Presentation on theme: "Replies by N.Meyners (in green) 27 August 2007ILC Questions M. Breidenbach1 ILC Detector Strategy Questions Some of us have been wondering about the fundamental."— Presentation transcript:
Replies by N.Meyners (in green) 27 August 2007ILC Questions M. Breidenbach1 ILC Detector Strategy Questions Some of us have been wondering about the fundamental assumptions that seem to have been accepted – and are shaping the thinking about the interaction region for ILC. This is an early and perhaps biased set of questions… … and I (Norbert) have tried to answer.
Replies by N.Meyners (in green) 27 August 2007ILC Questions M. Breidenbach2 Beneficial Occupancy We have been assuming that useful occupancy of the underground volume does not occur until shortly before beam. Why??? We were forced by the civil engineers. Be aware that both tunnel boring machines end in the experimental hall. What are the overall economics of having the collision hall available for detector assembly and beamline assembly 2 to 3 years before beam? –We have been assuming that magnetic measurements (which may be somewhat distinct from coil testing) occurs on the surface, and then the detector gets moved – in some set of pieces – to the hall. Maybe this is not a great idea? With a surface assembly a la CMS I am not so much concerned. (You have to open the detector for maintenance anyhow.) But with a GLD style surface assembly I share your doubts. –Would underground assembly have real advantages if the facility was available early enough? YES!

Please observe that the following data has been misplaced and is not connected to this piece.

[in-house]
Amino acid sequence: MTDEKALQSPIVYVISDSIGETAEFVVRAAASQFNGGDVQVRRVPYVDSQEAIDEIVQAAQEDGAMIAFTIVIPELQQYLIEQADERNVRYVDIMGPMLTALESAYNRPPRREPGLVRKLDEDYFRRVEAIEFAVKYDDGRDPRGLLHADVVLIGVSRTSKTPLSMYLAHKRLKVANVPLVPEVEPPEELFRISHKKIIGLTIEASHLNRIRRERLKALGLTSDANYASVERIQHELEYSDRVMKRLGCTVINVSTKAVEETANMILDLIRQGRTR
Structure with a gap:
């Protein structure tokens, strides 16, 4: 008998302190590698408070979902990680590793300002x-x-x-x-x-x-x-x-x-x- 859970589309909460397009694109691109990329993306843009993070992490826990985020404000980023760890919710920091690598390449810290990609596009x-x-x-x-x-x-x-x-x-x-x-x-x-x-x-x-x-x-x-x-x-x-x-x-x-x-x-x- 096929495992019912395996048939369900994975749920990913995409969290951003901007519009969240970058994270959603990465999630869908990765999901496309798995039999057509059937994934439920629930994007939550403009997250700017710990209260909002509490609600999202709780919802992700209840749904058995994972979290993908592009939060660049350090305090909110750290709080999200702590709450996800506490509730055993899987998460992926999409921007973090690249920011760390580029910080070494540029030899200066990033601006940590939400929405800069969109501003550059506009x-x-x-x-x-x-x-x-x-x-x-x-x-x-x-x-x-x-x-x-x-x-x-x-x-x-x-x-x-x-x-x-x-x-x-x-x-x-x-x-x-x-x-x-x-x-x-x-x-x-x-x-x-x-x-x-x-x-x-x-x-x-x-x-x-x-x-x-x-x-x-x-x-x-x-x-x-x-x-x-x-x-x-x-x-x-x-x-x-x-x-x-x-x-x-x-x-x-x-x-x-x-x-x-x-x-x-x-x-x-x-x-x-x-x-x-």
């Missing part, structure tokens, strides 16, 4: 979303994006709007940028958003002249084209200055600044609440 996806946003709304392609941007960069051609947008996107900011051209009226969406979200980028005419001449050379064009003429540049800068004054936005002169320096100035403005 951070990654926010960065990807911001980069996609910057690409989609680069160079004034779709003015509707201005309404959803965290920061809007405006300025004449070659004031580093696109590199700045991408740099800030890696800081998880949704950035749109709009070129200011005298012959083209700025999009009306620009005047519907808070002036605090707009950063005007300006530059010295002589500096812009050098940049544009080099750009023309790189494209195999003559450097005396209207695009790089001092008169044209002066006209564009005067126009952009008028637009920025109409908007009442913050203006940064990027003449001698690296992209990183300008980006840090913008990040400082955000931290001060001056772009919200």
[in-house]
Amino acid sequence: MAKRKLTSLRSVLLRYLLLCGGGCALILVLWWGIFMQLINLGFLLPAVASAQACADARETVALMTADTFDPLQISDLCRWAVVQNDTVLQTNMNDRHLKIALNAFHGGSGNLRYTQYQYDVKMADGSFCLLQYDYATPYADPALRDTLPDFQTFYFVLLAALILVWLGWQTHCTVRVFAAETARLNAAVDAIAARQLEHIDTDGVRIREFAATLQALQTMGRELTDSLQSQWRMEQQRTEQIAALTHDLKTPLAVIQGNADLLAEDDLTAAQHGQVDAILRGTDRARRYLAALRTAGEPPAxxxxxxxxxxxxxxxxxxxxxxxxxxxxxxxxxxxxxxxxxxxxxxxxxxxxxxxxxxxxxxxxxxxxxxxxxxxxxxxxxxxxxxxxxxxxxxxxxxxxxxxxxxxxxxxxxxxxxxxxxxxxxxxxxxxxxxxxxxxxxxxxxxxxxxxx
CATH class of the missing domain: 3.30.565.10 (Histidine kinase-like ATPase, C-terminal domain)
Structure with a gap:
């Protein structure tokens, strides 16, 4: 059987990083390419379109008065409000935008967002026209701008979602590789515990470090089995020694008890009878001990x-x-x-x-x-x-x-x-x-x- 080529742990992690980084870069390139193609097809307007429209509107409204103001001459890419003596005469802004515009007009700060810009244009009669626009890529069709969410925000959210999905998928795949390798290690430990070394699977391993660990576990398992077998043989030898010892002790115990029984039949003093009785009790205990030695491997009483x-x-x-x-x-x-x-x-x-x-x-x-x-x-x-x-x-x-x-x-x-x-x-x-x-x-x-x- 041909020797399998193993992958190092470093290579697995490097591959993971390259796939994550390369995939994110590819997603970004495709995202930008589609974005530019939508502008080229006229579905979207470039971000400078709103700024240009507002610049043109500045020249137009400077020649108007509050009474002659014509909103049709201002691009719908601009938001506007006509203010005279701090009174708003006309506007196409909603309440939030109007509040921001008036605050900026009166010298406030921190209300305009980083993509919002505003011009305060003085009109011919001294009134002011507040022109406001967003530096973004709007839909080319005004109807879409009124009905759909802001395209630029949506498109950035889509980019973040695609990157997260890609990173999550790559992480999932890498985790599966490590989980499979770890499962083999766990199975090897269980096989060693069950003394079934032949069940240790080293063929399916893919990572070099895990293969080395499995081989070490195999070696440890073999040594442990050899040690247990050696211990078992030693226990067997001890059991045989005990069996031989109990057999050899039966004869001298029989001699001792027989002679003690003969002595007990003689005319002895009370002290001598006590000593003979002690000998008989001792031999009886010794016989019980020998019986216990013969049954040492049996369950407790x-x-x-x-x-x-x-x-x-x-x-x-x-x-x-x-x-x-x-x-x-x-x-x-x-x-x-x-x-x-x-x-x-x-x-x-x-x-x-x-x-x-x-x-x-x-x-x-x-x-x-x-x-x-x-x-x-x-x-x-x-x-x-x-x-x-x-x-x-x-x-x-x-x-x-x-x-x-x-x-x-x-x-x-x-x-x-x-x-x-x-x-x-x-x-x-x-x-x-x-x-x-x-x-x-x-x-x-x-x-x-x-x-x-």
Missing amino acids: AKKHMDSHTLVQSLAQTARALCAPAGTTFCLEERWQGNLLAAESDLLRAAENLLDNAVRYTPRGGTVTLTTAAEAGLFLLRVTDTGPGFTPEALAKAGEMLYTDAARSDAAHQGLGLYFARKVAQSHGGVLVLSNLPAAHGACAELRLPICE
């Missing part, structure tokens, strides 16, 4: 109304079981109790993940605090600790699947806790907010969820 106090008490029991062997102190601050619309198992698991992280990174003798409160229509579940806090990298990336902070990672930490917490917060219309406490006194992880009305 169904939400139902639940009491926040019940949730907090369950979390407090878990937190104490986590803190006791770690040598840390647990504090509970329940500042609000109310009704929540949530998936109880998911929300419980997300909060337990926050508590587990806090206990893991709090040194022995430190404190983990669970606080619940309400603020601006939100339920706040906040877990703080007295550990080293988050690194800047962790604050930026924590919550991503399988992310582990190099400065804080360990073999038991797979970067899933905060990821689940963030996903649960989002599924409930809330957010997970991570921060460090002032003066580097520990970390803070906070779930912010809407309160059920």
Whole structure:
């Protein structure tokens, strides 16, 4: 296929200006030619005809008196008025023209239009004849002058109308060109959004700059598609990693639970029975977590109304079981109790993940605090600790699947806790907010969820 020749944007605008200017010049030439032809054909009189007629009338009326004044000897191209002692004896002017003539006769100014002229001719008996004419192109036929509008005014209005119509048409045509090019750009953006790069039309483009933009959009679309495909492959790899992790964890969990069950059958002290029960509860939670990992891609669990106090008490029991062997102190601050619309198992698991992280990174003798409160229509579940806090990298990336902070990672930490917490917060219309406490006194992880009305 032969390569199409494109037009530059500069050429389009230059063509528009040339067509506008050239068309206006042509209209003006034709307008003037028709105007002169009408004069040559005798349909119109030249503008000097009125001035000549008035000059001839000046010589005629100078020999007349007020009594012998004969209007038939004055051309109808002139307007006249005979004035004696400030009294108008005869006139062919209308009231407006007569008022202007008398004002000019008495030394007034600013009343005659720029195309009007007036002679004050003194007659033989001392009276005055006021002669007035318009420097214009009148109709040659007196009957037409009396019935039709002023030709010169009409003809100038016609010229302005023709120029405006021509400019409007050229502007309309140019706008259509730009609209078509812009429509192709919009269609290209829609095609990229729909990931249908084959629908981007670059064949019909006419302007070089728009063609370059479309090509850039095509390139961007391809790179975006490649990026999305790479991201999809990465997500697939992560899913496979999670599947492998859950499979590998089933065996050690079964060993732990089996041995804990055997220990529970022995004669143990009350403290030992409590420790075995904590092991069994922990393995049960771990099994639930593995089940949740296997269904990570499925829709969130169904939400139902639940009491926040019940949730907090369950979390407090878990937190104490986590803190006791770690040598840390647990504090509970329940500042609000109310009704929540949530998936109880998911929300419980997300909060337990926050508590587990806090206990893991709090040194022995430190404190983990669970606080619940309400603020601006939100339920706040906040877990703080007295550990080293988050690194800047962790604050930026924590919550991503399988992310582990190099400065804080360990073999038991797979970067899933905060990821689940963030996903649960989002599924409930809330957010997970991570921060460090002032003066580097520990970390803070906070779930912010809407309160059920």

Replies by N.Meyners (in green) 27 August 2007ILC Questions M. Breidenbach3 Large Shaft –We have been assuming that huge shafts are needed to lower big detector systems. Consider MINOs: MINOS is a neutrino detector constructed deep underground at the Soudan mine. Minos has ~5.4 KT of iron. The Soudan shaft is inclined at 7 0. The Soudan cage has a base of ~1.2 m by 1.9 m, and a capacity of ~6T. –The largest SiD unit appears to be the solenoid. It would fit down a shaft 6 x 7 m, and weighs ~160 Tonnes. –The barrel iron segments would fit this shaft, and weigh ~375 Tonnes. –An early, preliminary possibility is that a small shaft and 400 Tonne cranes above and below might be adequate.
Replies by N.Meyners (in green) 27 August 2007ILC Questions M. Breidenbach4 Cavern Shape and Configuration How much of thinking of the underground shape of the cavern is based on CERN geology? Would larger cranes cost less in other rock? It would surprise me! Are two shafts required for safety? Yes and availability! Could the secondary escape way be into a beam line? Not today after the experience of several accidents in tunnels (Mont-Blanc-Tunnel (24. March 1999), Kaprun/Kitzsteinhorn (11. Nov. 2000), …) Could the shafts (if there are two) be over the garage position? NO! Is the major reason for offsetting the shaft safety? YES! And the stairs in the shaft!